The South African Reserve Bank has released guidelines for local banks to do business with cryptocurrencies and cryptocurrency companies.
The document, released by the Reserve Bank’s Prudential Authority, advises banks to employ anti-money laundering and counterterrorism financing for all crypto transactions.
Last year, South Africa’s financial watchdog, the Financial Sector Conduct Authority, announced plans to release a regulatory framework in 2022 in partnership with the Prudential Authority and the Financial Surveillance Board to govern how trading in Ethereum, XRP, and Litecoin should proceed.
At the time, FSCA commissioner Unathi Kamlana said the goal was to allow the FSCA discretionary power to intervene if consumers are offered a product carrying significant risk.
Risk assessment, not avoidance
The Prudential Authority’s guidelines draw from guidance issued by the Financial Action Task Force regarding the need for a bank to evaluate its vulnerabilities to money-laundering, terrorism financing, and proliferation financing.
Suppose the PA opines that a bank’s processes to handle risk are insufficient. In that case, it may intervene and request the bank to strengthen its policies, procedures, processes, or internal controls.
Some South African banks have already terminated banking relationships with what the PA calls Crypto Asset Service Providers (CASPs) due to the inability to quantify risks posed or the lack of a regulatory framework for the service provider. Banks perceive CASPs as having a higher risk profile.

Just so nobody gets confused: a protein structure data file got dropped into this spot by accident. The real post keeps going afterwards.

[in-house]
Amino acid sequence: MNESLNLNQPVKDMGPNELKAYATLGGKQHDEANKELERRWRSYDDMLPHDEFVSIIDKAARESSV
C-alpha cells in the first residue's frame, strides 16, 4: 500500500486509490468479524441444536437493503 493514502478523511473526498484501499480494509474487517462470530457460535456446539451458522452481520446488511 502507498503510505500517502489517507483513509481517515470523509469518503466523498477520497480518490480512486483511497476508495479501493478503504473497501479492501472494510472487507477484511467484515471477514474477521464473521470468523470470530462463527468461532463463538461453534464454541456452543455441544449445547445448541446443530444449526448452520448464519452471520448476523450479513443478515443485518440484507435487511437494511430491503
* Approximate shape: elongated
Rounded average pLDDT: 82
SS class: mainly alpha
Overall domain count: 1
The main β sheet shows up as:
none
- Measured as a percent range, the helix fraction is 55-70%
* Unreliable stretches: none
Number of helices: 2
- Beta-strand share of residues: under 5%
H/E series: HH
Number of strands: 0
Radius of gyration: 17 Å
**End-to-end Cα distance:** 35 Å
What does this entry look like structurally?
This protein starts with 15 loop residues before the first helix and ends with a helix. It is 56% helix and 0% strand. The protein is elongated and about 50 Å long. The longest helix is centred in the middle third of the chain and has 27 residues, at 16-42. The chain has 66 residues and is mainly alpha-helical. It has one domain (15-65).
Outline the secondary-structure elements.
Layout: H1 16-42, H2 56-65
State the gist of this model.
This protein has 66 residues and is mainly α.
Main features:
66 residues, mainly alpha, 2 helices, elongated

However, the PA cautions banks against avoiding risk rather than conducting proper risk assessments. This approach opens the door for greater criminal anonymity and obstructs treating AML/TF shortcomings appropriately.
Proper risk assessment includes understanding what is driving the risk within a crypto asset or service provider, including the pedigree of a CASP’s clientele, their transactional activity, and cross-border fund flows. Internal controls must be flexible enough to adapt to new technologies, the PA said.
Banks must report suspicious activity to the Financial Intelligence Centre.
CBDC many years away, says deputy governor
In July 2022, the deputy governor of the SARB, Kuben Naidoo, said that the central bank would view cryptocurrencies as assets rather than a payment means.
He said the bank could already consider licensing some crypto exchanges, even though regulations could take between 12 and 18 months.
Additionally, Naidoo noted that the central bank could offer a digital version of the fiat currency, the South African Rand (ZAR). The bank has conducted two pilot projects, including a sandbox experiment with the new CBDC. However, its introduction could take years, Naidoo opined.
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